I guess I have realized that though at one time I thought I wanted the 21mm Ethos, I can say right now, today, I don't. No desire. I fear that as my eyes age it just is going to be too much work to view through eyepieces like this, no matter how wonderful the view. So my only concerns with the 21mm Ethos are weight, and of course, price. At $830 I can think of a LOT of other things to spend my money on for astronomy and for life. I'll be honest, I can afford a 21mm Ethos but I can't justify a 21mm Ethos. It is why I own the 20mm 100 degree Explore Scientific (for now).  I do enjoy and will enjoy viewing through them when I have the opportunity. 

Coma: 5/5
Astrigmatism: 5/5
Distortion: 5/5
Field Curvature: 5/5 
Lateral Color: 5/5
Internal Reflections: 5/5
Eye Relief: 4/5 
Kidney Bean: 5/5
Weight: 3/5
Cost/Benefit 3/5 
Overall: 4.45 (again weight and cost brings it down for me.  If you take those factors out I would rate this as a 4.88.  It is an OUTSTANDING eyepiece!). 

     The winners for me by rating and I will rate minus weight and cost is thus: 

26mm Nagler 5/5 
31mm Nagler 5/5 
30mm Explore Scientific 82 degree 4.91 
21mm Ethos 4.88 (I know, probably number one but not for me) 
30mm Pentax XW  4.81 
35mm Panoptic 4.75 
24mm Explore Scientific 82 degrees 4.69
27mm Panoptic 4.63 (I rate this higher than the 24mm Explore Scientific 82 degree; next to the larger brother, the 35mm Panoptic but I am trying to be true to the ratings)
20mm Explore Scientific 100 degrees 4.44 

     Note, your ratings WILL differ. I prefer a good eye relief number one, and I find with the Ethos and Explore Scientific 100 degree lenses that sticking my eyeball on the glass is not my idea of fun observing. Thus that is reflected in my ratings. No way is the 24mm Explore Scientific 82 degree better than the 27mm Panoptic, but a few things about the Panoptic if you use it without a Paracorr bring it down and I tried to reflect that. With the Paracorr, no question the 27mm is the hands down winner. This chart shows me I am about where I need to be with wide field eyepieces. Yes, I still want the 30mm Pentax XW and the 26mm Nagler, but that may temper with time. Also if I add cost and weight in this is the rating for me: 

26mm Nagler 4.8/5
35mm Panoptic 4.8/5
30mm Explore Scientific 82 degrees 4.78/5 
31mm Nagler 4.7/5
30mm Pentax XW 4.7/5
27mm Panoptic 4.7/5
24mm Explore Scientific 82 degrees 4.7/5
21mm Ethos 4.45/5
20mm Explore Scientific 100 degrees 4.25/5 

     That reflects more my personal view of using these eyepieces when combined with the overall experience of using them and the cost and weight factors contributing to the score. It is probably more realistic of how I rate these eyepieces over the first ratings minus the weight and cost.  Many, and I mean I expect MANY to vastly disagree with me here, but I stated this is probably more for me than for you and reflects my tastes and preferences for a wide field eyepiece. There is no doubt that the TeleVue's are probably the best of the best when you actually sit down and view through them. I will state I firmly believe the Pentax XW line is equal to corresponding TeleVue's but I only compared one of them here. Now for my take aways.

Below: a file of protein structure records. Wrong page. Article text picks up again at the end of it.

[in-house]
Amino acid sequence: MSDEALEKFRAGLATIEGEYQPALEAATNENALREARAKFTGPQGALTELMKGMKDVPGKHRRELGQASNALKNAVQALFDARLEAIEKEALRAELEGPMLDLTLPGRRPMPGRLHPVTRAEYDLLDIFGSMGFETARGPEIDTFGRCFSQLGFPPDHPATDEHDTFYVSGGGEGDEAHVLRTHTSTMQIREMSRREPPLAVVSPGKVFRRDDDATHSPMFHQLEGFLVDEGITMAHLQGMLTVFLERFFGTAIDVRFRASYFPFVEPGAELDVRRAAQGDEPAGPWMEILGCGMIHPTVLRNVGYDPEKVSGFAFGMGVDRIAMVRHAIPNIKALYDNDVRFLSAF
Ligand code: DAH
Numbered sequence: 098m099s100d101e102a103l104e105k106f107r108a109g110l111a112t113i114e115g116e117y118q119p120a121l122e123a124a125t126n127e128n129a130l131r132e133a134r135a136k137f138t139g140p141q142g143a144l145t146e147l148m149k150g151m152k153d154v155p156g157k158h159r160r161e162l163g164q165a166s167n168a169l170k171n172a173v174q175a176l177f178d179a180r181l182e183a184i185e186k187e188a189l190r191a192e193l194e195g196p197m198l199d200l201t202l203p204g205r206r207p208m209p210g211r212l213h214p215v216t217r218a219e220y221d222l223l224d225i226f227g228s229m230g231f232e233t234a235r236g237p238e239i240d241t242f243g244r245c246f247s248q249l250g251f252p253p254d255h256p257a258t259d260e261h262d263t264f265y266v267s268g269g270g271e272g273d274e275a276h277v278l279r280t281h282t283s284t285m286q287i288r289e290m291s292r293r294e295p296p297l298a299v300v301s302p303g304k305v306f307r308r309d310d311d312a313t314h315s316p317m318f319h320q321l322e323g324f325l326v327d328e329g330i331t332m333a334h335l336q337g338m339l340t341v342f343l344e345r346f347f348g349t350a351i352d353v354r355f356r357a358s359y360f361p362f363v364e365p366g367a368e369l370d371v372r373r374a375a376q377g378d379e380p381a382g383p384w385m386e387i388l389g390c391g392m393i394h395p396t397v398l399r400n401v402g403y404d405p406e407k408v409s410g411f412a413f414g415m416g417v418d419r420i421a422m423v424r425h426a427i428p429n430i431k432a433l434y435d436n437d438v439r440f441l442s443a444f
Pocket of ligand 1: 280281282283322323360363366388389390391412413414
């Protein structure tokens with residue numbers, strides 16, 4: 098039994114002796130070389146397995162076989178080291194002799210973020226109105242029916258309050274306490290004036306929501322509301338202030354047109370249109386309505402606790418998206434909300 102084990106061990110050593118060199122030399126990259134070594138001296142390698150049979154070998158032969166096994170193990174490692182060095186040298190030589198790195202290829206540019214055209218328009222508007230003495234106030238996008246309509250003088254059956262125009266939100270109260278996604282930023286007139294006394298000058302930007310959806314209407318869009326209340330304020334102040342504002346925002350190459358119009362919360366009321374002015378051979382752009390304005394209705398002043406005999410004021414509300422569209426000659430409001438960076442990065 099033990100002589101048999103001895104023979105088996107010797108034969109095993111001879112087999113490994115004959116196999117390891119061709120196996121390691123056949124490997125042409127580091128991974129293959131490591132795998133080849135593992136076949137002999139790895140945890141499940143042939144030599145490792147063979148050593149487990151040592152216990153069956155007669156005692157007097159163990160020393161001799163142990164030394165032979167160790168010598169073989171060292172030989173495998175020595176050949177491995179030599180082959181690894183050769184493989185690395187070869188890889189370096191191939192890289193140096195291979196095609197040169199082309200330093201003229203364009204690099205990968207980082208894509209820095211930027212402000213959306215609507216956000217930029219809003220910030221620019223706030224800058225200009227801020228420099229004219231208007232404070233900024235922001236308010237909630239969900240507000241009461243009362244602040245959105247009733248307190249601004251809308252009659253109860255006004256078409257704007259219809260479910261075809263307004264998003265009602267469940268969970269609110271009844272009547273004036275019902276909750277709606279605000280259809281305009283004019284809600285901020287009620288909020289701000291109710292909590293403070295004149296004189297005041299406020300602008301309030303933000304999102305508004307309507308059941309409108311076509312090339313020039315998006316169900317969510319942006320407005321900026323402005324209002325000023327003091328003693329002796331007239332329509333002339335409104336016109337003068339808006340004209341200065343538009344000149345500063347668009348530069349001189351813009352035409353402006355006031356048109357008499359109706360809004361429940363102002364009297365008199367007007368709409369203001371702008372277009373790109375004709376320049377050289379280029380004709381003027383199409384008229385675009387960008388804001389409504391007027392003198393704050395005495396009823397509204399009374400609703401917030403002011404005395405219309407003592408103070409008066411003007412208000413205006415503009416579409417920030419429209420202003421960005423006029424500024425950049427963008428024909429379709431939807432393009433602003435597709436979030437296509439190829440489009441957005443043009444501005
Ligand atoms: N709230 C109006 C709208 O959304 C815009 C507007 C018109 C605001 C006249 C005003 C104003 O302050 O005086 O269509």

So there you have it. Those are the wide field eyepieces I own or have used in the field. What is my take aways from this blog post? First, as most know, Explore Scientific gives you a 87% to 90% experience of a corresponding TeleVue for far less cost. In the case of the Explore Scientific 30mm 82 degree eyepiece, I have owned it for 3 plus years and will continue to own it. That eyepiece is in my estimation 90% to 93% of the Nagler 31mm. At that success rate and with the cost of the Explore Scientific 30mm, I cannot justify the money for the 31mm Nagler at the price they ask. That and I want to spend what money I do put aside for eyepieces on two other ones. I also realized that I own to many dang eyepieces! I need to end the tumult by simply not buying anymore and perhaps not selling. 
  
     As I said, IF I decide to spend money on eyepieces there are two I am looking to get. One of those is the 30mm Pentax XW.  That is my major take away for me. I thought I really wanted the 26mm Nagler Type 5, and I do. I want the 30mm Pentax XW more.  I'll end up with both but at costs we'll see, and more than likely I will find a used 26mm Nagler Type 5 before I find a 30mm Pentax XW.  I have to decide what I want to do with the 20mm and 9mm Explore Scientific 100 degree eyepieces. Keep or go I don't know. I need to use them a few more times and I may keep them for outreach. They do work good for that! So do I want to keep the 24mm ES 82 degree is another question I have to ask. I do use it to sketch so we'll see. Last regardless that probably fifty percent of observers dislike the Panoptics in the 27mm and 35mm, I really enjoy both eyepieces. As a result they will always have a place in my cases. If you think about it, you can get a 27mm and a 35mm Panoptic for the cost of one 31mm Nagler!